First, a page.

Legal Tech Goes Boom: What Does That Mean for Lawyers?

Most practicing lawyers are immersed in legal technology without following the news about legal technology.  I understand that: I use Microsoft 365 everyday, but I don’t follow the news about Microsoft’s larger machinations.

Of course, legal technology is a smaller subset of technology, and many states have now added Comment 8 to Rule 1.1 of their lawyers’ rules of professional conduct, which suggests that a lawyer’s general competency is tied to her competency respecting the use of law firm technology.  And, even if that doesn’t set up a requirement for lawyers to follow legal technology news, those same lawyers should at least understand that that news affects them in some significant ways.  In the first instance, more funding for legal technology companies and consolidation among software providers means changes to the technology you already use.  But, funding for legal technology also means that there will be new technologies coming to the fore, of which you should also become aware.  In many ways, #legaltech is in its infancy.  The law firms that become early adopters of new and improved technology should be able to add further efficiencies, in order to create a significant competitive advantage as against law firms that linger in older technology stacks.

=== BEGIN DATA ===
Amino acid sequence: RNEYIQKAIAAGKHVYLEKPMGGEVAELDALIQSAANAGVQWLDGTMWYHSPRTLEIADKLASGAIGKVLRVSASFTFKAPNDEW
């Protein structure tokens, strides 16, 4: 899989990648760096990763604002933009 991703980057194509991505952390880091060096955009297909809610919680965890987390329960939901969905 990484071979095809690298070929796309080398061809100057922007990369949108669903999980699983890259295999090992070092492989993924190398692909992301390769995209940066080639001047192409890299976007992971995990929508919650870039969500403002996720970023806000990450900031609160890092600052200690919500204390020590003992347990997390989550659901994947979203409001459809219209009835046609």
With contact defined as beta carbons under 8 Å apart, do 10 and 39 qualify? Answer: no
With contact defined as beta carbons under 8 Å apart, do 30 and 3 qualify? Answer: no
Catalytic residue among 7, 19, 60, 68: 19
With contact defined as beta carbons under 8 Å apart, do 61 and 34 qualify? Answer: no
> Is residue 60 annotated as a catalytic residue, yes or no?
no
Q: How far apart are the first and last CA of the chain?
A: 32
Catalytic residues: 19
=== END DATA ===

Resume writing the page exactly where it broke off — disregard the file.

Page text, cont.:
Listen to this podcast, for a pre-pandemic view of legaltech investment.

Follow Bob Ambrogi’s blog for updates of corporate mergers and partnerships in the legal space.

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If your legal tech knowledge needs a refresh, we can help.

The Wyoming State Bar offers free law practice management consulting services through Red Cave Law Firm Consulting.

To request a consult, visit the Wyoming State Bar’s law practice management page, and start running your law firm like a business.

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